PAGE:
Did Budweiser Stop Advertising with the NFL Because of Protests Against Racism?

Perhaps looking for validation or for a corporation to “represent” them, right-wing social media users coalesced in late September 2017 around the rumor that the Budweiser beer brand had pulled its advertising from National Football League (NFL) broadcasts.

The message, which resembled a meme as it spead, was two sentences in all-capital letters: “BUDWEISER JUST PULLED OUT OF THE NFL !!! THE NAIL IN THE COFFIN !”:

The Louisiana-based Schilling Distributing Company did pull Bud Light displays featuring the New Orleans Saints from local retailers, citing what it called “negative attention” directed toward the NFL.

But Budweiser did not take any similar action, as its parent company Anheuser Busch InDev said in a statement:

We have many long-term sports partnerships, including our NFL sponsorship, and while we may not agree on everything, we still believe in the power of sport to bring people together and overcome their differences. We have no plans to end our NFL sponsorship.

The posts spread after the league’s games on September 24 2017 — the day after a reported 204 players on various teams either took part in unity displays or kneeled during the playing of the U.S. national anthem, a rebuke to then-President Donald Trump and his raging dismissal of previous protests against police brutality. As USA Today reported at the time:

Several players from the Oakland Raiders, Buffalo Bills, Denver Broncos, New York Giants, Detroit Lions, New England Patriots, New Orleans Saints and Atlanta Falcons were among those who chose not to stand for the anthem. The Miami Dolphins, Tampa Bay Buccaneers, Minnesota Vikings, Philadelphia Eagles, Chicago Bears, Indianapolis Colts, New York Jets, Los Angeles Chargers, Green Bay Packers and Washington Redskins stood with arms locked, though some players from those teams chose to kneel.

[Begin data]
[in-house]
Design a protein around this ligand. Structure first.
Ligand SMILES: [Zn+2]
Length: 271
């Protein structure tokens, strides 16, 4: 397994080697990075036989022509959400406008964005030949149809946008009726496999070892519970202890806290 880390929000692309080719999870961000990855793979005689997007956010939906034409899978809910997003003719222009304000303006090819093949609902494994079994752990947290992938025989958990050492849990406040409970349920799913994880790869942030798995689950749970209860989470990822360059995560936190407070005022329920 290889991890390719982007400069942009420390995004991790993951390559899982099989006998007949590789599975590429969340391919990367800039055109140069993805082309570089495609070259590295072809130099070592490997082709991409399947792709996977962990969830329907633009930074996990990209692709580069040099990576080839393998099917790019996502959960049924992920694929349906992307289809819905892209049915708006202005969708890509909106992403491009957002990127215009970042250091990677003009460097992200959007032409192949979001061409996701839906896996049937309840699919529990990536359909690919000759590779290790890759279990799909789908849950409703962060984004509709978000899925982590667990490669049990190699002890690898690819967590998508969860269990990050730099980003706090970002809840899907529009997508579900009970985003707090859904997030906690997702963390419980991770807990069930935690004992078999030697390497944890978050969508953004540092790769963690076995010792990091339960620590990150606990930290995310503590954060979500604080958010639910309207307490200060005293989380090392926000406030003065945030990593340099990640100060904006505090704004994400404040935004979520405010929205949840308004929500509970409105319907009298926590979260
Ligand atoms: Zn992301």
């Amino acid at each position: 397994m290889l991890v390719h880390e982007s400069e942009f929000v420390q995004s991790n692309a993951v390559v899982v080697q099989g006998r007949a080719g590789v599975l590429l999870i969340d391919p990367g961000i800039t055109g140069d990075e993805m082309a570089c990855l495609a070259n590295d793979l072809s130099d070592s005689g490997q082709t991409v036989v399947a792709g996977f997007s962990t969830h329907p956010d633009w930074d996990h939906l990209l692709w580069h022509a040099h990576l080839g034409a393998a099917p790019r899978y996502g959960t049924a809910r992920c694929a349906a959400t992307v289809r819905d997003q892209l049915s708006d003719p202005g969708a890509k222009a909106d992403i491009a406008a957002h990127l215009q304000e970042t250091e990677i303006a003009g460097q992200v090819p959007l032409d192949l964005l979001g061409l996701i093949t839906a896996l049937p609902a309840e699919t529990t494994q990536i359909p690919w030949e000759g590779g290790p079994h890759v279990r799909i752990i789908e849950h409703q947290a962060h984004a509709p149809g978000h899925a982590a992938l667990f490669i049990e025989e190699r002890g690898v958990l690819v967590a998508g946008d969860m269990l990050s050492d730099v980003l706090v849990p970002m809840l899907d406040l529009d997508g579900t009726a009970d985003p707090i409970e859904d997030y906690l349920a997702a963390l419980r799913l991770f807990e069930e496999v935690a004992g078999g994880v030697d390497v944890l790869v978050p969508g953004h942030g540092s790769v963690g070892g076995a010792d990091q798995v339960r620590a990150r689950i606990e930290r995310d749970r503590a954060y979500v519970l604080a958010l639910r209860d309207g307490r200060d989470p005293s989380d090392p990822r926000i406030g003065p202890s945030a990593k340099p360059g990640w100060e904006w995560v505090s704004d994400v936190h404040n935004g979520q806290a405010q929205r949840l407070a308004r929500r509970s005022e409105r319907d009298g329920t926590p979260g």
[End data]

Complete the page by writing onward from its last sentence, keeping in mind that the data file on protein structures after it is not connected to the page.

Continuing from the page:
Some Dolphins players wore shirts bearing the message “#IMWITHKAP,” a reference to Colin Kaepernick, the former NFL quarterback who originated the kneeling protests a season earlier.

“I am not going to stand up to show pride in a flag for a country that oppresses Black people and people of color,” Kaepernick said at the time. “To me, this is bigger than football and it would be selfish on my part to look the other way. There are bodies in the street and people getting paid leave and getting away with murder.”

As the 2016 NFL season progressed without Kaepernick in the league, other players engaged in their own demonstrations during the anthem:

On September 22 2017, Trump seized on his supporters’ anger toward the protests.

“Wouldn’t you love to see one of these NFL owners, when somebody disrespects our flag, to say, ‘Get that son of a bitch off the field right now,” Trump said during a public appearance in Alabama. “Out. He’s fired. He’s fired!”

After the players’ protests, however, Trump backpedaled.

“This has nothing to do with race,” said Trump, whose history is littered with racist behavior. “I never said anything about race. This has nothing to do with race or anything else. This has to do with respect for our country and respect for our flag.”

As protests against extrajudicial killings have continued around the U.S. — in and out of sporting events — Kaepernick has not resumed his NFL career. In June 2020 the league’s commissioner, Roger Goodell, said in a statement that the NFL’s initial response to the protests was wrong.

“We, the NFL, condemn racism and the systematic oppression of Black People,” Goodell claimed. “We, the NFL, admit we were wrong for not listening to NFL players earlier and encourage all to speak out and peacefully protest. We, the NFL, believe Black Lives Matter.”

In September 2023, a former journalist for the NFL’s in-house television network, filed a lawsuit accusing the league of firing him for expressing concerns over racial equity within the league.

“The NFL has claimed it wants to be held accountable regarding diversity, equity and inclusion. I tried to do so, and it cost me my job,” Trotter said in a statement. “I’m filing this lawsuit because I can’t complain about things that are wrong if I’m unwilling to fight for what is right.”

Update 9/22/2023, 2:36 a.m. PST: This article has been revamped and updated. You can review the original here. — ag